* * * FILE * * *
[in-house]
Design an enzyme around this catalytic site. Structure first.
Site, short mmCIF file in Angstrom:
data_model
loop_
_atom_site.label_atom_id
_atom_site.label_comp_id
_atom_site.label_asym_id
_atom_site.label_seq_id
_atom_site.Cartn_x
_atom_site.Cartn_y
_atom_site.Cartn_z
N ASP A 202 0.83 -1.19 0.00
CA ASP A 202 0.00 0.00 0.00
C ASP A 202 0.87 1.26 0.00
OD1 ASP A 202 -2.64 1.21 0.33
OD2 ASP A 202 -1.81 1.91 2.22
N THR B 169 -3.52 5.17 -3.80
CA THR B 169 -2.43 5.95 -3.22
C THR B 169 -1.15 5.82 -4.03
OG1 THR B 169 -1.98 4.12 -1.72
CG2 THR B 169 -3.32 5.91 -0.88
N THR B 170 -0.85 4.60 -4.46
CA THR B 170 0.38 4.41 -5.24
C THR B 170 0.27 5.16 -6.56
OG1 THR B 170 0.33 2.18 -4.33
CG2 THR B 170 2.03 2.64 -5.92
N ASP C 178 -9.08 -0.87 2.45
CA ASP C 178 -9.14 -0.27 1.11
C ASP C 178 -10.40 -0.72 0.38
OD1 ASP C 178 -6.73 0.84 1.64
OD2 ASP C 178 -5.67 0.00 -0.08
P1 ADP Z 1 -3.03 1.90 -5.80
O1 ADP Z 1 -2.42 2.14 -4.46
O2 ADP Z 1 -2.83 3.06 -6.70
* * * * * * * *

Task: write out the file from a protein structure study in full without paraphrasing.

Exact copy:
[in-house]
Design an enzyme around this catalytic site. Structure first.
Site, short mmCIF file in Angstrom:
data_model
loop_
_atom_site.label_atom_id
_atom_site.label_comp_id
_atom_site.label_asym_id
_atom_site.label_seq_id
_atom_site.Cartn_x
_atom_site.Cartn_y
_atom_site.Cartn_z
N ASP A 202 0.83 -1.19 0.00
CA ASP A 202 0.00 0.00 0.00
C ASP A 202 0.87 1.26 0.00
OD1 ASP A 202 -2.64 1.21 0.33
OD2 ASP A 202 -1.81 1.91 2.22
N THR B 169 -3.52 5.17 -3.80
CA THR B 169 -2.43 5.95 -3.22
C THR B 169 -1.15 5.82 -4.03
OG1 THR B 169 -1.98 4.12 -1.72
CG2 THR B 169 -3.32 5.91 -0.88
N THR B 170 -0.85 4.60 -4.46
CA THR B 170 0.38 4.41 -5.24
C THR B 170 0.27 5.16 -6.56
OG1 THR B 170 0.33 2.18 -4.33
CG2 THR B 170 2.03 2.64 -5.92
N ASP C 178 -9.08 -0.87 2.45
CA ASP C 178 -9.14 -0.27 1.11
C ASP C 178 -10.40 -0.72 0.38
OD1 ASP C 178 -6.73 0.84 1.64
OD2 ASP C 178 -5.67 0.00 -0.08
P1 ADP Z 1 -3.03 1.90 -5.80
O1 ADP Z 1 -2.42 2.14 -4.46
O2 ADP Z 1 -2.83 3.06 -6.70